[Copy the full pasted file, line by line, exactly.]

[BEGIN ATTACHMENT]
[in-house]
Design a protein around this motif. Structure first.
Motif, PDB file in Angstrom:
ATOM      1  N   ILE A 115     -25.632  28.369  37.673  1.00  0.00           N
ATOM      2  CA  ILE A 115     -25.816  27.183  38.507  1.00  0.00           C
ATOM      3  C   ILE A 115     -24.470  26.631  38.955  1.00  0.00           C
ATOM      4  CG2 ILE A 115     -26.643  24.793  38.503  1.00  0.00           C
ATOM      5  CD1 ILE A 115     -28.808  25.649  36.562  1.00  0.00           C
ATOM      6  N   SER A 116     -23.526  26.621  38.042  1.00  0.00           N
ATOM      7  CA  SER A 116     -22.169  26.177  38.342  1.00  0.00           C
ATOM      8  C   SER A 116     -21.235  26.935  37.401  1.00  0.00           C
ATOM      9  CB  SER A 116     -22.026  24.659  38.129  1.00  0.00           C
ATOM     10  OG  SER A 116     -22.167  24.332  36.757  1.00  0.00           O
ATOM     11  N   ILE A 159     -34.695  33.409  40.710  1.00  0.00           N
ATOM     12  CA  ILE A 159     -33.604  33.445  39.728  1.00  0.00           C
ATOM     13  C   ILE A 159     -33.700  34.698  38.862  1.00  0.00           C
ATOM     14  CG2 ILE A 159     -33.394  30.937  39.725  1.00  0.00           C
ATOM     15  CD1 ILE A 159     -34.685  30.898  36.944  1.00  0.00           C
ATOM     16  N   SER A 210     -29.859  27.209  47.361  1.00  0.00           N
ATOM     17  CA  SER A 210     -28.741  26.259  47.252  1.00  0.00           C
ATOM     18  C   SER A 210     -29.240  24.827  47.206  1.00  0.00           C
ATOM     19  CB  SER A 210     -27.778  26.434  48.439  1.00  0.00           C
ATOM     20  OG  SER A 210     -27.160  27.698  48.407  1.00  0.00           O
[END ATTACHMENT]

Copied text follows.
[in-house]
Design a protein around this motif. Structure first.
Motif, PDB file in Angstrom:
ATOM      1  N   ILE A 115     -25.632  28.369  37.673  1.00  0.00           N
ATOM      2  CA  ILE A 115     -25.816  27.183  38.507  1.00  0.00           C
ATOM      3  C   ILE A 115     -24.470  26.631  38.955  1.00  0.00           C
ATOM      4  CG2 ILE A 115     -26.643  24.793  38.503  1.00  0.00           C
ATOM      5  CD1 ILE A 115     -28.808  25.649  36.562  1.00  0.00           C
ATOM      6  N   SER A 116     -23.526  26.621  38.042  1.00  0.00           N
ATOM      7  CA  SER A 116     -22.169  26.177  38.342  1.00  0.00           C
ATOM      8  C   SER A 116     -21.235  26.935  37.401  1.00  0.00           C
ATOM      9  CB  SER A 116     -22.026  24.659  38.129  1.00  0.00           C
ATOM     10  OG  SER A 116     -22.167  24.332  36.757  1.00  0.00           O
ATOM     11  N   ILE A 159     -34.695  33.409  40.710  1.00  0.00           N
ATOM     12  CA  ILE A 159     -33.604  33.445  39.728  1.00  0.00           C
ATOM     13  C   ILE A 159     -33.700  34.698  38.862  1.00  0.00           C
ATOM     14  CG2 ILE A 159     -33.394  30.937  39.725  1.00  0.00           C
ATOM     15  CD1 ILE A 159     -34.685  30.898  36.944  1.00  0.00           C
ATOM     16  N   SER A 210     -29.859  27.209  47.361  1.00  0.00           N
ATOM     17  CA  SER A 210     -28.741  26.259  47.252  1.00  0.00           C
ATOM     18  C   SER A 210     -29.240  24.827  47.206  1.00  0.00           C
ATOM     19  CB  SER A 210     -27.778  26.434  48.439  1.00  0.00           C
ATOM     20  OG  SER A 210     -27.160  27.698  48.407  1.00  0.00           O